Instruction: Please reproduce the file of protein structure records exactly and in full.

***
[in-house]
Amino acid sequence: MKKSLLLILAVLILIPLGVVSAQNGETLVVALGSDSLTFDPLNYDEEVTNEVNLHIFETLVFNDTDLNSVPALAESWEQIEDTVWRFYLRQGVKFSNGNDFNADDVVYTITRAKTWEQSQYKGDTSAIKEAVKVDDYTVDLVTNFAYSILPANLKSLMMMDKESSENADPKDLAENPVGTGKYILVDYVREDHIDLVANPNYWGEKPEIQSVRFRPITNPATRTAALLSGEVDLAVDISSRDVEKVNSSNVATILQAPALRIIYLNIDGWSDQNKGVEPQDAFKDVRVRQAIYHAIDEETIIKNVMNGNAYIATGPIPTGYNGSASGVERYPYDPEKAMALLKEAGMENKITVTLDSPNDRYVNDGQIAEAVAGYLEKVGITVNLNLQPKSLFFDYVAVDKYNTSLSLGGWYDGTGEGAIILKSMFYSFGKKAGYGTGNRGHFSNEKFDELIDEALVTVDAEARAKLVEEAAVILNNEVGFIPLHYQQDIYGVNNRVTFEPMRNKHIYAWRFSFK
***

[in-house]
Amino acid sequence: MKKSLLLILAVLILIPLGVVSAQNGETLVVALGSDSLTFDPLNYDEEVTNEVNLHIFETLVFNDTDLNSVPALAESWEQIEDTVWRFYLRQGVKFSNGNDFNADDVVYTITRAKTWEQSQYKGDTSAIKEAVKVDDYTVDLVTNFAYSILPANLKSLMMMDKESSENADPKDLAENPVGTGKYILVDYVREDHIDLVANPNYWGEKPEIQSVRFRPITNPATRTAALLSGEVDLAVDISSRDVEKVNSSNVATILQAPALRIIYLNIDGWSDQNKGVEPQDAFKDVRVRQAIYHAIDEETIIKNVMNGNAYIATGPIPTGYNGSASGVERYPYDPEKAMALLKEAGMENKITVTLDSPNDRYVNDGQIAEAVAGYLEKVGITVNLNLQPKSLFFDYVAVDKYNTSLSLGGWYDGTGEGAIILKSMFYSFGKKAGYGTGNRGHFSNEKFDELIDEALVTVDAEARAKLVEEAAVILNNEVGFIPLHYQQDIYGVNNRVTFEPMRNKHIYAWRFSFK